Berth productivity: one way for carriers to keep cutting costs

Excerpt from: JOC | By: Peter Tirschwell |  October 23 2015

With container spot rates plummeting and contract rates weakening in their wake, ocean carriers, having essentially no control over pricing, are intensifying their efforts to uncover cost savings. That’s why improving productivity at the berth, which allows lines to maximize slow-steaming while remaining on schedule, is taking on a higher priority.

Cost-cutting has long been a core competency of container lines. It’s a familiar road they have been on for years, and though the carriers have largely been fighting a losing battle on rates — with the SCFI from Shanghai to North Europe down 67 percent over the past year and trans-Pacific West Coast rates down 35 percent — much has been accomplished on the cost side.

Propellers, engines and ship bows have been redesigned to improve fuel efficiency. Larger ships of up to nearly 20,000 TEUs have been ordered and deployed to reduce unit costs, sailings blanked, ships slowed down, larger alliances formed, chassis sold off to lessors and rail routes consolidated in the U.S. market.

But the quest for cost savings goes on, especially as the pressures on the market intensify; Maersk Line in October said global growth is weak this year at 1.5 to 2 percent while capacity expansion will be in the neighborhood of 7 percent.


Former NOL CEO Ron Widdows told the recent JOC TPM Asia Conference in Shenzhen, China, that the U.S. market was on the cusp of being inundated with cascaded mega-ship capacity as the largest ships are deployed in the Asia-Europe trade. Currently, 44 percent of capacity in the Asia-North America market is comprised of ships smaller than 7,500 TEUs, according to Alphaliner. Within carrier organizations, numbers such as those focus the attention on costs.
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Among the remaining opportunities, a few stand out. One is further leveraging of alliances into the inland arena. In his remarks at TPM Asia, Widdows described a concept with potential for Los Angeles-Long Beach where a neutral entity feeds an alliance’s rail loading information directly to the railroads, rather than the rail receiving the data individually from the carriers. This could improve the efficiency of the transfer of containers from ship to rail.

The challenge is that alliance memberships can shift in the event of carrier mergers or acquisitions, so carriers are reluctant to commit to deeper operational integration, which is why there are relatively few examples of landside cooperation among carrier alliances.

Another is outright consolidation, which Maersk Line CEO Soren Skou said in October was necessary in order to cut costs further, though he said Maersk was not on the hunt for acquisitions.

The limitation on alliance cooperation puts more pressure on factors the carriers can control or at least influence. One is productivity at the berth. Even at lower fuel price levels, there are potentially hundreds of millions of dollars in fuel savings through slow-steaming that the carriers can achieve if they are able to reduce average port stay times by just a small percentage.

But squeezing out those savings is no simple matter; if it were, the savings would have been captured years ago. Some of the solution lies in incentivizing terminals to improve productivity and thus reduce port stay times. Carriers are loathe to pay more, however, and terminals often won’t deploy additional resources without being compensated. The result: stalemate.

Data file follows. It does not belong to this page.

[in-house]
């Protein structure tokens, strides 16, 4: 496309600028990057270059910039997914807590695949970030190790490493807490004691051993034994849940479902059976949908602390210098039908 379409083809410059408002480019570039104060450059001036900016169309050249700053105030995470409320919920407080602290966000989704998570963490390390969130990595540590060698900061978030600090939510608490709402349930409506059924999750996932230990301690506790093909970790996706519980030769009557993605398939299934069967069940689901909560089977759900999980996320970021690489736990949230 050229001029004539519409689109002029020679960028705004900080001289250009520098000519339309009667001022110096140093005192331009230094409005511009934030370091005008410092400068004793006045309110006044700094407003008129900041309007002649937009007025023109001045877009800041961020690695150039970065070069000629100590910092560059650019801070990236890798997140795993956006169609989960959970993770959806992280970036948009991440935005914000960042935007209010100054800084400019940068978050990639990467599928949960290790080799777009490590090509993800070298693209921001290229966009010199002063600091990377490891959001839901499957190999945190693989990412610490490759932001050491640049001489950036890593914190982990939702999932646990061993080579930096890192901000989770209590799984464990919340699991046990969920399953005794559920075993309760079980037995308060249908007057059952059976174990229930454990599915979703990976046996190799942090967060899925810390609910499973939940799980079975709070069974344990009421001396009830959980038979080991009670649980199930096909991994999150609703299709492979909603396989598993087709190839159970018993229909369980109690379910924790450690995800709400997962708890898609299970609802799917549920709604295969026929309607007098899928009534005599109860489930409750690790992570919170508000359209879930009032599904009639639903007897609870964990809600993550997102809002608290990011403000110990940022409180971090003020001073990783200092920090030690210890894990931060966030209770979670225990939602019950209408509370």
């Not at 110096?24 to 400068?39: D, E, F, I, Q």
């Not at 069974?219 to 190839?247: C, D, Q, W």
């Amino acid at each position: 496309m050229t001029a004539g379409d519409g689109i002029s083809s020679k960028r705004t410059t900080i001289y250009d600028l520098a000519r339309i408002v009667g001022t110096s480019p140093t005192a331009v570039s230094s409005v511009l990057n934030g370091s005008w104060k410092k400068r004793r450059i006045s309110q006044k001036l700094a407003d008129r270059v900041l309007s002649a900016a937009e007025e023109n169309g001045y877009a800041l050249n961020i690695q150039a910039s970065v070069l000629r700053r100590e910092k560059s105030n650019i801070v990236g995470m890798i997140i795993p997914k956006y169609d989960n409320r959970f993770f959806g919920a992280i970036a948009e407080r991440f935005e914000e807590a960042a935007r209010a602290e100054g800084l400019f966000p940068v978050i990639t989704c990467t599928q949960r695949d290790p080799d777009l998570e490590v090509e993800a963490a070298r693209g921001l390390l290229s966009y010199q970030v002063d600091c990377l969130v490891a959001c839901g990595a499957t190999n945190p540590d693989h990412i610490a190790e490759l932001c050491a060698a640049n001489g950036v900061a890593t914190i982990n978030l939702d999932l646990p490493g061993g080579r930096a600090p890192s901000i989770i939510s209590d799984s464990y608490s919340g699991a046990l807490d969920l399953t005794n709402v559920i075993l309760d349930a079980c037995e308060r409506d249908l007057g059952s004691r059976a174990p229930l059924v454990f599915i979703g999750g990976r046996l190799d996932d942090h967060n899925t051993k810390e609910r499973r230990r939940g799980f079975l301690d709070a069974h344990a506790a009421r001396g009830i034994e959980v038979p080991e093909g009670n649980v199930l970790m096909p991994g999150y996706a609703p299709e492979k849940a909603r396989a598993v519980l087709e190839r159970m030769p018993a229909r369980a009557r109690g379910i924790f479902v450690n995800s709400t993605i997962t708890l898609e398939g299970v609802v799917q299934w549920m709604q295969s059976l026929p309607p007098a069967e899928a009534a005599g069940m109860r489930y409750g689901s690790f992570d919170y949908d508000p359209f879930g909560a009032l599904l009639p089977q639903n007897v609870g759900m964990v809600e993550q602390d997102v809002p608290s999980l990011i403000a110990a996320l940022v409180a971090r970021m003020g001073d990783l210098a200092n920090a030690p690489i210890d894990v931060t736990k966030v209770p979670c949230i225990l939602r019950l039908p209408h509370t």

But there are ways carriers still can whittle away at port stay times, and any improvement, especially that achieved at no cost, will fall directly to the bottom line. In the ideal world, for example, a ship would benefit from the maximum number of possible cranes working it simultaneously, and the volume of cargo handled by each crane would be identical, thus there would be no waiting time for the last crane to finish.

In reality, carriers struggle to achieve a high “crane density” that equates to a well-distributed number of lifts across the available cranes, a practice called crane splits. What holds them back are any number of factors, such as late arrivals at the port such that the terminal isn’t able to deploy the planned-for or pro-forma number of cranes, or simply inadequate stowage planning that results, for example, in too many boxes needing to be moved by the busiest crane.

To maximize the opportunity from stowage planning, carriers must optimize crane splits for all ports in a rotation; maximize twin-lift opportunities; and avoid so-called Manhattan towers of containers on deck that need to be scaled by containers as they are lifted, according to industry consultant Andy Lane.

Another potentially large opportunity involves minimizing the time between initial arrival at the berth and the start of operations, and the time between the end of operations and the actual departure from the berth.

According to JOC Port Productivity data for 2014, the average time between berthing and start of operations is 65 minutes. Lane says this could be reduced to 30 minutes through better coordination with local authorities. Similarly, the average time between end of operations and departure is 76 minutes. “This process should not take more than 20 minutes, therefore a 56-minute opportunity gap exists,” he said.

The opportunity, Lane said, comes from carrier port agents having a focus on ship turnaround times and being measured and incentivized based on KPIs around port stay time. How proactively do they seek to minimize waiting time through coordination with local authorities? Do they proactively monitor operations and chase the terminals for earliest finish? Do they fight for maximum resources such as cranes deployed on the ship?

Contact Peter Tirschwell at and follow him on Twitter: @petertirschwell.